Traffic resumes on Jammu-Srinagar highway, Mughal road remains closed
Traffic on the strategic Jammu-Srinagar national highway resumed on Tuesday after remaining suspended for nearly two days following a massive landslide at Ramban district, officials said.
Banihal/Jammu: Traffic on the strategic Jammu-Srinagar national highway resumed on Tuesday after remaining suspended for nearly two days following a massive landslide at Ramban district, officials said.
However, despite undertaking a major operation to clear the snow, the traffic on the Mughal Road, which connects the border districts of Poonch and Rajouri in Jammu region with south Kashmir's Shopian district, remained closed for the seventh day, they said.
The reopening of the road came as a big relief for thousands of commuters who had been stranded on the highway since Sunday afternoon after the massive landslide at Digdole.
The 270-km national highway, the only all weather road linking Kashmir with the rest of the country, was cleared of the landslide at Digdole around 4 am after over a 40-hour-long operation to clear the snow, a traffic department official said.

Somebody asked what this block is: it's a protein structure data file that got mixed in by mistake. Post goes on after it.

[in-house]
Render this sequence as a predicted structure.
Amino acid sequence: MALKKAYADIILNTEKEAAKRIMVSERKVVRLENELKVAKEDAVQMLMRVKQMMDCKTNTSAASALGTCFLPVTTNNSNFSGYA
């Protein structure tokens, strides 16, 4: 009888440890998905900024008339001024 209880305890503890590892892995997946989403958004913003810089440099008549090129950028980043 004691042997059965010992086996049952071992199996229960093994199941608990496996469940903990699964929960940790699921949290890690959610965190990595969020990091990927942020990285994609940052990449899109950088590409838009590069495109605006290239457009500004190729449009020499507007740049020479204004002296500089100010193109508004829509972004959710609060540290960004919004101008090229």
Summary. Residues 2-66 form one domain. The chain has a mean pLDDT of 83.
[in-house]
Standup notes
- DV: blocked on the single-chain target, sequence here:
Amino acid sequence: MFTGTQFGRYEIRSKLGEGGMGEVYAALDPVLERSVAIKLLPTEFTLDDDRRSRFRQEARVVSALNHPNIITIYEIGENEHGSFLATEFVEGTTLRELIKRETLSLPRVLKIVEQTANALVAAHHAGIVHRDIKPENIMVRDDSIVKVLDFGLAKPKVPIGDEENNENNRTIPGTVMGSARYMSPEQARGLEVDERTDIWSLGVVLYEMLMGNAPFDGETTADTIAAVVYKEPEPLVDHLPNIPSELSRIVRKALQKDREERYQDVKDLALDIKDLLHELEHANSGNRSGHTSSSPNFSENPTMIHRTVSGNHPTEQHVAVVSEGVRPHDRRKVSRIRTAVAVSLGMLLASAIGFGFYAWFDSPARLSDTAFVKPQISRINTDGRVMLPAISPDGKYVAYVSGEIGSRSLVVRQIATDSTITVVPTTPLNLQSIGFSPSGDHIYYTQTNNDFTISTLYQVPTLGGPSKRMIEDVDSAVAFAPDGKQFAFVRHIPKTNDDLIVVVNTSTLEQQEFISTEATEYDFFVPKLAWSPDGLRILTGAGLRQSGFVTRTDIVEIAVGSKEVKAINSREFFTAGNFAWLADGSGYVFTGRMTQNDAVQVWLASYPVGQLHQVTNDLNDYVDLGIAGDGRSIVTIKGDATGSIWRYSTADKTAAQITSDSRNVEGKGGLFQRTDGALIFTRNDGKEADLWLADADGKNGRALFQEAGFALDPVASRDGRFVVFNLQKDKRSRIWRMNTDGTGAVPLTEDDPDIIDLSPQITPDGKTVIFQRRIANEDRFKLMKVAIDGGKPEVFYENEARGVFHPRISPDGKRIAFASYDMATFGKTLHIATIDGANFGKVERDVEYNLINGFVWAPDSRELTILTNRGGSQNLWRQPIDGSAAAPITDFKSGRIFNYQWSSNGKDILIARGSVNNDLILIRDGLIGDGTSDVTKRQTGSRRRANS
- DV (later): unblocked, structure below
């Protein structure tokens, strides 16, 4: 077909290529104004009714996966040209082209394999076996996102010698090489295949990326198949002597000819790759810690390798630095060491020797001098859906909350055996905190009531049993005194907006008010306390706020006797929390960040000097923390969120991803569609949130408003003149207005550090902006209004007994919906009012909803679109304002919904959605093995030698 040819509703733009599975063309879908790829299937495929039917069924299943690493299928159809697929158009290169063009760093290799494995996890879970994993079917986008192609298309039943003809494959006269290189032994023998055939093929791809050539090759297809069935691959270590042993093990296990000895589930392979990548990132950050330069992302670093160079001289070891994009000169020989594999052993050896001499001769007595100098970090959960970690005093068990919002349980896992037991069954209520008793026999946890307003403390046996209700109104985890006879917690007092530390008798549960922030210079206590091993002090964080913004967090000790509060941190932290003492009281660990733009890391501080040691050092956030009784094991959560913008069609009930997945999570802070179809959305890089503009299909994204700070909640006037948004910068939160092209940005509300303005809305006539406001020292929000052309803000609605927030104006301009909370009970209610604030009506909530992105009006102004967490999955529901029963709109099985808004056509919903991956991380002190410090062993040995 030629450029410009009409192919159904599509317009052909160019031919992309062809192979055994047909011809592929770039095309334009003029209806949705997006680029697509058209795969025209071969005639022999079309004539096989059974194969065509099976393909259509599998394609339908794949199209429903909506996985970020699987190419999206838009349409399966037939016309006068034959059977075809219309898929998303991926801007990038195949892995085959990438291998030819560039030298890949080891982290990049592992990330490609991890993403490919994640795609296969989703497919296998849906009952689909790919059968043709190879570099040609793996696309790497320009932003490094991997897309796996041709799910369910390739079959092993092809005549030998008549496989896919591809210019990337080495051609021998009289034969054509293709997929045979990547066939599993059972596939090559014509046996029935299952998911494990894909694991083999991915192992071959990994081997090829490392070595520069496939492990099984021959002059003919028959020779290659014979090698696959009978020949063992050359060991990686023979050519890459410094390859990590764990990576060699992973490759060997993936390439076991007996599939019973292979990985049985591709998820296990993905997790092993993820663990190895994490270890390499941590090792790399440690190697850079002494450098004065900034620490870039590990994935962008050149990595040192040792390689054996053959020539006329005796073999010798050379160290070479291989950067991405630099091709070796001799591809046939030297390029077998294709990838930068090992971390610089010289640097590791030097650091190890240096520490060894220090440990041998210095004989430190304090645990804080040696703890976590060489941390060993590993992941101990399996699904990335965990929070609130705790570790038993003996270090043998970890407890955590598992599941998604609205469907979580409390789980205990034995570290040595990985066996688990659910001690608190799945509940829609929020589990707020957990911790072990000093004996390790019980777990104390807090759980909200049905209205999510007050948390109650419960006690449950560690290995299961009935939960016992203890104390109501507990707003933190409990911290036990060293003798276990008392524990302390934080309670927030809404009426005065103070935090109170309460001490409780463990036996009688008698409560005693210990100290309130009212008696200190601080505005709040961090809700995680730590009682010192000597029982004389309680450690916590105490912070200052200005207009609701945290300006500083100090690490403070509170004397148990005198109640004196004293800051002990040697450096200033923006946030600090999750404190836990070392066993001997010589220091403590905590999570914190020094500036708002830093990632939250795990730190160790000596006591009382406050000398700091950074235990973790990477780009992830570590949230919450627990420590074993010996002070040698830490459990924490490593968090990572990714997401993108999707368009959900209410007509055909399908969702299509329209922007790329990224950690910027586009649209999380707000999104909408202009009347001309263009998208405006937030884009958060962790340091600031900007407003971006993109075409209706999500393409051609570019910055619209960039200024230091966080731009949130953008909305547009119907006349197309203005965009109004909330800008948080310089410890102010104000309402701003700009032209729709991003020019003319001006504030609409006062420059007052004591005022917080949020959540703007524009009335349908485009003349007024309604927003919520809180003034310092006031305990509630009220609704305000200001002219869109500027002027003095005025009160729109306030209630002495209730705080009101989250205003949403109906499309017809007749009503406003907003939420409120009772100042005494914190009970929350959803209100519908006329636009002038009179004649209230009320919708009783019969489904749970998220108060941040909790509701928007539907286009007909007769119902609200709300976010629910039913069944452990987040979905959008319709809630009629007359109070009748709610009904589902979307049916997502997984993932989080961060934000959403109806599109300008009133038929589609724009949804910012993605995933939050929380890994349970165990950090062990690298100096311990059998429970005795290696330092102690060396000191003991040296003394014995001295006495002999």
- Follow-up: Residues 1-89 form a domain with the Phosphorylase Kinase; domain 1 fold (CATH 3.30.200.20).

He said the stranded vehicles were allowed to move soon after the road was made traffic worthy and later the light motor vehicles were also allowed from both Srinagar and Jammu.
"The traffic is plying smoothly from both sides when last reports were received," the official said.
Meanwhile, the weatherman has predicted another spell of light to moderate snowfall at most places in Jammu and Kashmir and Kargil in the union territory of Ladakh between November 14 and 16.
"Weather to remain partly to generally cloudy in both union territories till November 13. Another spell of light to moderate snowfall is likely at most places of J&K and Kargil district of Ladakh from November 14 night to November 16," said Sonam Lotus, director, state meteorological department.
He said the inclement weather might lead to landslide, temporary disruptions of surface transportation on Leh-Srinagar and Srinagar-Jammu highways.
He, however, said there was no forecast of heavy spell similar to the previous one on November 14 and 15 during which the Kashmir valley was cut off from the rest of the country.